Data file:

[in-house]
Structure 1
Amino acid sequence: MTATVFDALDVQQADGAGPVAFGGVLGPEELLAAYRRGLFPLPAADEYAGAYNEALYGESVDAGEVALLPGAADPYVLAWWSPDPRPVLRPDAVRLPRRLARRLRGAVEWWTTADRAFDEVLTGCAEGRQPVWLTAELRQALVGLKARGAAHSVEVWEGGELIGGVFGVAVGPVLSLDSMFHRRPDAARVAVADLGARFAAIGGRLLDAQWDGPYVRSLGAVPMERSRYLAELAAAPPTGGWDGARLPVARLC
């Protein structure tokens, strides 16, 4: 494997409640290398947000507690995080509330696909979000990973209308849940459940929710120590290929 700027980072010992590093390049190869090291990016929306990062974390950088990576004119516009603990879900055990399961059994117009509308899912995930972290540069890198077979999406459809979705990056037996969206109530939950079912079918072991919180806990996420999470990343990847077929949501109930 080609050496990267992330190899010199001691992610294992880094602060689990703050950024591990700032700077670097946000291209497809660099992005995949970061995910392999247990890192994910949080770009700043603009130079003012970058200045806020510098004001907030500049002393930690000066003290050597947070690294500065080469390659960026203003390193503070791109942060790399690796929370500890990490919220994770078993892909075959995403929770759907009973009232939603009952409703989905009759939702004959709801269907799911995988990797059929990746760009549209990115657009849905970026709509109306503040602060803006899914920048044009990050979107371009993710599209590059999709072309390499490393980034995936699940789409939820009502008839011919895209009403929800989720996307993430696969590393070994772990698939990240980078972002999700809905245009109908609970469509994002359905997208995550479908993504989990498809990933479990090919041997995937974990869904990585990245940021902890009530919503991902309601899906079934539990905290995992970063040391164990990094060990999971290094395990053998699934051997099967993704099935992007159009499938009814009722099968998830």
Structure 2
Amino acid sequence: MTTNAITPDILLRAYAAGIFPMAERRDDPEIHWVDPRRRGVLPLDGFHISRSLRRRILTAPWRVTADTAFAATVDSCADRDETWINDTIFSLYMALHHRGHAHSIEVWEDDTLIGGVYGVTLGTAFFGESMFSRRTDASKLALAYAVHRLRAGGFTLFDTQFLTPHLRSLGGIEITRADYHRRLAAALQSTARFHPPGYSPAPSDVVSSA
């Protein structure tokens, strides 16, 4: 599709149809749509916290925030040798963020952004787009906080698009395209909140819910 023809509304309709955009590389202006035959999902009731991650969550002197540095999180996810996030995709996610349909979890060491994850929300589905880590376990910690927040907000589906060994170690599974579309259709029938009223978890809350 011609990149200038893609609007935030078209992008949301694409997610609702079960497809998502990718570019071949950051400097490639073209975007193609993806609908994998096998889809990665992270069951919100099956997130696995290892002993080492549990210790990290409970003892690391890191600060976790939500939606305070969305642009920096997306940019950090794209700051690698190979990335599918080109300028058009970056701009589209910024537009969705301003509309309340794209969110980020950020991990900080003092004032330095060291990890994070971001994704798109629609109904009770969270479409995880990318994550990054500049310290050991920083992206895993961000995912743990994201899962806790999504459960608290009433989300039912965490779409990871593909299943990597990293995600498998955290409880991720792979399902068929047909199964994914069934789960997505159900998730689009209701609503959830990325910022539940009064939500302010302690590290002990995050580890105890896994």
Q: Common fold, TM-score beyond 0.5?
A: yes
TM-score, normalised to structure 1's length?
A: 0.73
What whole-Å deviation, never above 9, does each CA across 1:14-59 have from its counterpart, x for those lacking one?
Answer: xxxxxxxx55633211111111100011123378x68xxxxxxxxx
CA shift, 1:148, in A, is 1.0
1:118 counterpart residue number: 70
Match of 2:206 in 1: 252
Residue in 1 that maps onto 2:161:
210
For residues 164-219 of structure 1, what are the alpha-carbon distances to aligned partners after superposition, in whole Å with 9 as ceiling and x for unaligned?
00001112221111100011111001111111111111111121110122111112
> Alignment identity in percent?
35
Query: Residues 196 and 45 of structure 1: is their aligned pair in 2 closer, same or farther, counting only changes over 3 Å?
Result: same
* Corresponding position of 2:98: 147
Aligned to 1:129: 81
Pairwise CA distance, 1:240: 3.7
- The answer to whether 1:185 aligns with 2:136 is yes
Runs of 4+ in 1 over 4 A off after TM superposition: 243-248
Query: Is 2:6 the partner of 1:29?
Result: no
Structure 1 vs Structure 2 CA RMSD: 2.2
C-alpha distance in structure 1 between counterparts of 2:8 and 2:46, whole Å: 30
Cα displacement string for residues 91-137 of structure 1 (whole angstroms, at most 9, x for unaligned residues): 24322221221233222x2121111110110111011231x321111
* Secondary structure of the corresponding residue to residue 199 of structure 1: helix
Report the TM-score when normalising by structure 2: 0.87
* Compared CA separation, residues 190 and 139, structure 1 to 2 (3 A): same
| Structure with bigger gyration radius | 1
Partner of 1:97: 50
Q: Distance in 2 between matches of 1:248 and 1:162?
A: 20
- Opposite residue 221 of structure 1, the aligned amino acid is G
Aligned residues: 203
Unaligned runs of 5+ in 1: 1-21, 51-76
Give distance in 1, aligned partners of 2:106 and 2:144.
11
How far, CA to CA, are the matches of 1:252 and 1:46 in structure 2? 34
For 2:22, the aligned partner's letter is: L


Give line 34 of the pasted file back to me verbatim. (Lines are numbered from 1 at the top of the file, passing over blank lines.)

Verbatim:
Cα displacement string for residues 91-137 of structure 1 (whole angstroms, at most 9, x for unaligned residues): 24322221221233222x2121111110110111011231x321111